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May’s Jobs Report Data Falls Short of Expectations


After a sluggish start to the new year, the job market has rebounded the last two months. In April, unemployment fell to 3.6%, the lowest level since December 1969.

And job creation crushed estimates of around 190,000 jobs by coming in at 263,000 new jobs. With these great results, expectations were once again high for May’s results, which were just released this past Friday.

However, the data wasn’t what many economists and analysts were hoping for. Let’s take a closer look at the May 2019 Jobs Report.


With job growth data being positive in both March and April, experts predicted the economy to create around 180,000 jobs in May. But the actual results missed expectations by significant margin, with just 75,000 jobs created.

In another negative results, the results for March and April were revised downward. March’s number decreased from 189,000 to 153,000 while April went from 263,000 to 224,000.

According to some analysts, this miss could signal the beginning of an economic downturn that has been predicted for some time, given how healthy the economy has been over the last several years. Others, though, believe it is just a small hiccup. All eyes will be on the job creation data for June to see if this result continues or is just a one-month trend.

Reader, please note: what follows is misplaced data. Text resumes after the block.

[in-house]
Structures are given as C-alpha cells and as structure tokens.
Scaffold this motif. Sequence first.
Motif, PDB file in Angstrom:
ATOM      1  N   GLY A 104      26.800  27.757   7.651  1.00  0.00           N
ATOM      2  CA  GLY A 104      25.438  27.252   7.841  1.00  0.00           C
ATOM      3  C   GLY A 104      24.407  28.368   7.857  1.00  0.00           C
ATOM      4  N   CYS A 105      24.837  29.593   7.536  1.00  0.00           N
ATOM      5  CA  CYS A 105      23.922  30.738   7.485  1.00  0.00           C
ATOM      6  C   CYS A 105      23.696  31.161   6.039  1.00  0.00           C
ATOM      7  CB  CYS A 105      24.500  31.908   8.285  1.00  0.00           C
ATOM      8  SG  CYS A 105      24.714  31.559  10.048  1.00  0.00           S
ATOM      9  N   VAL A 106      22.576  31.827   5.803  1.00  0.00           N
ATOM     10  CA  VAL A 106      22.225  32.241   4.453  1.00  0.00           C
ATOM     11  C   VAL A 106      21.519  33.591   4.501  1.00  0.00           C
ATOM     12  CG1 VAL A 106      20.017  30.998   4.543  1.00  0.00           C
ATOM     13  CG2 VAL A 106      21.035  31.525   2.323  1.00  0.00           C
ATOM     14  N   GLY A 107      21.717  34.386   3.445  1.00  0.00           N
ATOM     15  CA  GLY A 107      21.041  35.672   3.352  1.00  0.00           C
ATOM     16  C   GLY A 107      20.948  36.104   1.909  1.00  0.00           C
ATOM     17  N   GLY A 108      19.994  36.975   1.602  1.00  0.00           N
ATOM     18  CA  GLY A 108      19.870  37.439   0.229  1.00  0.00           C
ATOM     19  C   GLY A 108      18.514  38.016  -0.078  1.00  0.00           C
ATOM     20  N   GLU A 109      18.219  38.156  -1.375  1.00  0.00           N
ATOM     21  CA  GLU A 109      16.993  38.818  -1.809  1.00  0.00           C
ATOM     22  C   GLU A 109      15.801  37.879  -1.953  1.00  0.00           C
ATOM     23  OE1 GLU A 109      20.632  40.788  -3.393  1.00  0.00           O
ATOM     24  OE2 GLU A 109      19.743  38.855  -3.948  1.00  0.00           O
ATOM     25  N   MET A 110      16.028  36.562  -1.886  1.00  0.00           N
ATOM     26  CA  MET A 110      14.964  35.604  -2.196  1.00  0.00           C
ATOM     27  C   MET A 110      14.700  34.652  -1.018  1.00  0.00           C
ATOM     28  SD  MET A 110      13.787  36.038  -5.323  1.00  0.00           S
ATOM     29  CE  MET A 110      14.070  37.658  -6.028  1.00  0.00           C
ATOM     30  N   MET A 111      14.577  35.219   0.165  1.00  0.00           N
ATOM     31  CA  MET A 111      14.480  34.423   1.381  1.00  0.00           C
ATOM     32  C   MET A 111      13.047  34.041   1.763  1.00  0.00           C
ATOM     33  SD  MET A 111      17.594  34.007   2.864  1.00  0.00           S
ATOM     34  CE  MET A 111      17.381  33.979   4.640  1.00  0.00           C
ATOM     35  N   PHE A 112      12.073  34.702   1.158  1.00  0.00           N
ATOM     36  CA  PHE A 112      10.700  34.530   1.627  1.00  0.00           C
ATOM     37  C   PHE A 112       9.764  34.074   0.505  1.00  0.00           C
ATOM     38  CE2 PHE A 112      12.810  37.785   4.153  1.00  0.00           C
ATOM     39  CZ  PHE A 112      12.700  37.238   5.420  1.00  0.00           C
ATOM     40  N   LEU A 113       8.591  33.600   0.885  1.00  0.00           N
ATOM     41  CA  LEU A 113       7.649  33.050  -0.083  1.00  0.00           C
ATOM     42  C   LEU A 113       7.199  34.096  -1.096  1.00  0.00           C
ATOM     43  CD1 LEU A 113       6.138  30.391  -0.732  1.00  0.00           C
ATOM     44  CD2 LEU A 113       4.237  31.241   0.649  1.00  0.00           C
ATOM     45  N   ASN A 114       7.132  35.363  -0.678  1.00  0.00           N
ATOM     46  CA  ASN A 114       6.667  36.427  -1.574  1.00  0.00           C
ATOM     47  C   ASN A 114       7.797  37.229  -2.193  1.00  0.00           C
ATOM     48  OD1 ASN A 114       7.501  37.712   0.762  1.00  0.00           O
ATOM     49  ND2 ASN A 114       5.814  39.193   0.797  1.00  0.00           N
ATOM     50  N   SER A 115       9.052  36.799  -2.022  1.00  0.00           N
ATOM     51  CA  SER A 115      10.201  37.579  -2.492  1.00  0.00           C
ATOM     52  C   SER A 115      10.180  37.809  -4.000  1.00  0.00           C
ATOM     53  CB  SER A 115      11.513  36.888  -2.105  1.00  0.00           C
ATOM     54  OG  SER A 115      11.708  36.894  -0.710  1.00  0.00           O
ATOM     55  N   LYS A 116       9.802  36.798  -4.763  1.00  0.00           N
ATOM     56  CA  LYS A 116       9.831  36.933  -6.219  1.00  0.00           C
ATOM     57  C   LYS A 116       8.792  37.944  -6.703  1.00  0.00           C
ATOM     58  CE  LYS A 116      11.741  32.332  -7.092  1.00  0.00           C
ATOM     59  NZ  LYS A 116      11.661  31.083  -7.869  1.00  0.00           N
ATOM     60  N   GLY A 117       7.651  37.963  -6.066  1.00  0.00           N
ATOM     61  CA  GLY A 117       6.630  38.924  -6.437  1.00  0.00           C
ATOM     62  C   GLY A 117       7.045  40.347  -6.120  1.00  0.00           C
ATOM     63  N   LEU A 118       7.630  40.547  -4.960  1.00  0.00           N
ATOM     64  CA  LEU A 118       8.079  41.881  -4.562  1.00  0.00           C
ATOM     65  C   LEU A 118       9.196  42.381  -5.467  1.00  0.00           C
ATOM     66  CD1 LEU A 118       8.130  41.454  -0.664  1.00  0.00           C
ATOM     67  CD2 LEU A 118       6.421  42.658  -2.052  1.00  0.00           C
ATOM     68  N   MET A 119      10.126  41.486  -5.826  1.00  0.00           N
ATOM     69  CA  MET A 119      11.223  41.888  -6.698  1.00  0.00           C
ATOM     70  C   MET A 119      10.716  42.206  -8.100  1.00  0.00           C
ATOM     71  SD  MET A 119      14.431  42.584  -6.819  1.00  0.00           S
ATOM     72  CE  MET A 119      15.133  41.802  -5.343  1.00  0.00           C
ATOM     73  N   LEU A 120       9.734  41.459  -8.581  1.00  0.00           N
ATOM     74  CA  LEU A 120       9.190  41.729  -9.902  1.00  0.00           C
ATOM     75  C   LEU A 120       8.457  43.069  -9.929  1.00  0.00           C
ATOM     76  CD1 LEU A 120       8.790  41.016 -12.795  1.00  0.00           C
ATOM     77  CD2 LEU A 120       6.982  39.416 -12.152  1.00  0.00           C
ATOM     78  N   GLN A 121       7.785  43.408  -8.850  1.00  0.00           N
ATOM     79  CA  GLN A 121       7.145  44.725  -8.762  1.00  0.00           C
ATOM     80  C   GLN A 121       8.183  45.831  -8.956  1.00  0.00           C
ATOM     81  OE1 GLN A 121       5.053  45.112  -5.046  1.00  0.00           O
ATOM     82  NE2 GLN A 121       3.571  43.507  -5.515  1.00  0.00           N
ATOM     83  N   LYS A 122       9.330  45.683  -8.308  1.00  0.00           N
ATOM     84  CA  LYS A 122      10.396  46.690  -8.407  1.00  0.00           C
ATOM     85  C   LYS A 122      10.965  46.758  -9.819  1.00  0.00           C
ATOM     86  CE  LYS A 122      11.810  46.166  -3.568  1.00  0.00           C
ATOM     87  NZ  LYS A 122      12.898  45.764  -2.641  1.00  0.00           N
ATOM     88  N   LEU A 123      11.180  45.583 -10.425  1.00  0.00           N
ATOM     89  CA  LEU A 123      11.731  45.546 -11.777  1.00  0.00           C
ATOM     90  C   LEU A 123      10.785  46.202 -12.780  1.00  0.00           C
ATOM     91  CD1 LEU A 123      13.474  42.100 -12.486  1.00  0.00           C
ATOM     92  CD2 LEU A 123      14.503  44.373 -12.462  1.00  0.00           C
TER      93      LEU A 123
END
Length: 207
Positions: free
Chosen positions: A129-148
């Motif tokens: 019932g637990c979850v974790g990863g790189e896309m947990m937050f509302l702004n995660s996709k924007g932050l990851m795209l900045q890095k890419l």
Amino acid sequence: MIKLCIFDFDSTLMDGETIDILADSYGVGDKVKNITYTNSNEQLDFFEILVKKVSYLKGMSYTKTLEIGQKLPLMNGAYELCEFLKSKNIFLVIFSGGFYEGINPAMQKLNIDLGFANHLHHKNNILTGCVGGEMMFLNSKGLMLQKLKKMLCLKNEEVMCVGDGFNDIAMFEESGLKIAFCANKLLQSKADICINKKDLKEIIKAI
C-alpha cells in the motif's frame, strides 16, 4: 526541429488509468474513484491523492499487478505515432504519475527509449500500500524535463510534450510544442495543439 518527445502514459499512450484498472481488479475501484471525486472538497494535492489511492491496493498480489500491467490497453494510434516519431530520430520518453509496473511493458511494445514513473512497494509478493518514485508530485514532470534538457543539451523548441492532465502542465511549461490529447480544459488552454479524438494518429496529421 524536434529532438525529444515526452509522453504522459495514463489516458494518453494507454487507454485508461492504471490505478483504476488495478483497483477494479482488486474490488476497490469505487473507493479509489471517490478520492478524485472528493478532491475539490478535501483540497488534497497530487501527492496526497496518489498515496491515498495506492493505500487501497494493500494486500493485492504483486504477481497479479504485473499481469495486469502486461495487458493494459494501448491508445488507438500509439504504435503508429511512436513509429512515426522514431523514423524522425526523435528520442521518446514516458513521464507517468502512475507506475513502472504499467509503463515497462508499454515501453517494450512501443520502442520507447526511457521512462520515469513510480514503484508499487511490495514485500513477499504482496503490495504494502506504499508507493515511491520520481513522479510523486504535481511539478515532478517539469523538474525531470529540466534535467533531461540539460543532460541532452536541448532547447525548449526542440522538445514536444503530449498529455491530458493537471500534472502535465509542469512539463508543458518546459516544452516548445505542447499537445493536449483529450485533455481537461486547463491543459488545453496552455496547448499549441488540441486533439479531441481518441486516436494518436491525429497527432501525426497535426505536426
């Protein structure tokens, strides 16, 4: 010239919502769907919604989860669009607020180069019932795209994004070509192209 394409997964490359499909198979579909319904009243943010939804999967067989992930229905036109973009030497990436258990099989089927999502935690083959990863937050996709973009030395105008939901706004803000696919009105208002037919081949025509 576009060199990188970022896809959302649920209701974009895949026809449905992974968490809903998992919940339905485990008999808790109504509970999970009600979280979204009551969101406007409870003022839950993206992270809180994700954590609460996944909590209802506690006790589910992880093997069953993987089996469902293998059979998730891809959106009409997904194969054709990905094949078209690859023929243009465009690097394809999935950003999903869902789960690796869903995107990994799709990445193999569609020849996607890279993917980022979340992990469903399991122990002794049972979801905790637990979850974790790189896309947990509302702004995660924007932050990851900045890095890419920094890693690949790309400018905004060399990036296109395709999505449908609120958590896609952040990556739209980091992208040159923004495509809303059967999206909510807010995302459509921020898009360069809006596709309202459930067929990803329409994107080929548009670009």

Despite the poor job creation results, unemployment data held strong. The rate stayed at 3.6%keeping unemployment at its lowest rate since 1969.

Additionally, a broader rate that includes discouraged workers and underemployed individuals fell to 7.1%, the lowest rate since December 2000.

Considering the missed job numbers, the results for unemployment rate was a win for the May Jobs Report, and a sign that perhaps the economy is still in a position to grow in the coming months.


As we have mentioned before, one of the most anticipated numbers in recent months has been wage growth. April month saw this number at 3.2% year over year, which was the same as March.

In May, wage growth came in at 3.1% year over year, slightly missing estimates of 3.2%. The results were that average hourly earnings increased 6 cents to $27.83.

Since mid-2018, wage growth has remained over 3% each month, but hasn’t increased beyond that. This is important because it helps to keep inflation down and is factored by the Fed when considering increases to interest rates.


The results from May’s Job Report are a disappointment in most critical areas, although not all the data is negative. Whether this means the start of a downturn or its just a one-month trend will depend on how the market performs in June and throughout the rest of the summer months.

One thing for sure is that economists, analysts, and the general public will be eagerly awaiting the next Jobs Report when it comes in early July.

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